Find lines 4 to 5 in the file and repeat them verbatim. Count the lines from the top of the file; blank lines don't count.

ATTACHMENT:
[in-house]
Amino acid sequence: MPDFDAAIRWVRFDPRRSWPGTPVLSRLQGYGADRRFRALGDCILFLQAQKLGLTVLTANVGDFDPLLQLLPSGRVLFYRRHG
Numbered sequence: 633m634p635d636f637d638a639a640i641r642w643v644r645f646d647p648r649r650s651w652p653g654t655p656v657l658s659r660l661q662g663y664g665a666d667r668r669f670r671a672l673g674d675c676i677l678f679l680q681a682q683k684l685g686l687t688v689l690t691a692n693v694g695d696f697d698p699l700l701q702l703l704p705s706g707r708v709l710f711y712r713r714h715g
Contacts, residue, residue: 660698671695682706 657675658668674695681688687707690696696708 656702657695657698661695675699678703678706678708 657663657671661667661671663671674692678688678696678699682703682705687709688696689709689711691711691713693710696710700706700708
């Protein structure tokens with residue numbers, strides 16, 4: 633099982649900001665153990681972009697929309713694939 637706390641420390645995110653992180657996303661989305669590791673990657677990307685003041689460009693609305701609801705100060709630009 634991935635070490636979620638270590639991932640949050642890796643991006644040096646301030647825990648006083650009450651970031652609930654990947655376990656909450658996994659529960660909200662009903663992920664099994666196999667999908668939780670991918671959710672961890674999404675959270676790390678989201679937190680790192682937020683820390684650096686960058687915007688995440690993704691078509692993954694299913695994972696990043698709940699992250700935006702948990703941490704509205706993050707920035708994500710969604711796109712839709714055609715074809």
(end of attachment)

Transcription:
Contacts, residue, residue: 660698671695682706 657675658668674695681688687707690696696708 656702657695657698661695675699678703678706678708 657663657671661667661671663671674692678688678696678699682703682705687709688696689709689711691711691713693710696710700706700708
């Protein structure tokens with residue numbers, strides 16, 4: 633099982649900001665153990681972009697929309713694939 637706390641420390645995110653992180657996303661989305669590791673990657677990307685003041689460009693609305701609801705100060709630009 634991935635070490636979620638270590639991932640949050642890796643991006644040096646301030647825990648006083650009450651970031652609930654990947655376990656909450658996994659529960660909200662009903663992920664099994666196999667999908668939780670991918671959710672961890674999404675959270676790390678989201679937190680790192682937020683820390684650096686960058687915007688995440690993704691078509692993954694299913695994972696990043698709940699992250700935006702948990703941490704509205706993050707920035708994500710969604711796109712839709714055609715074809």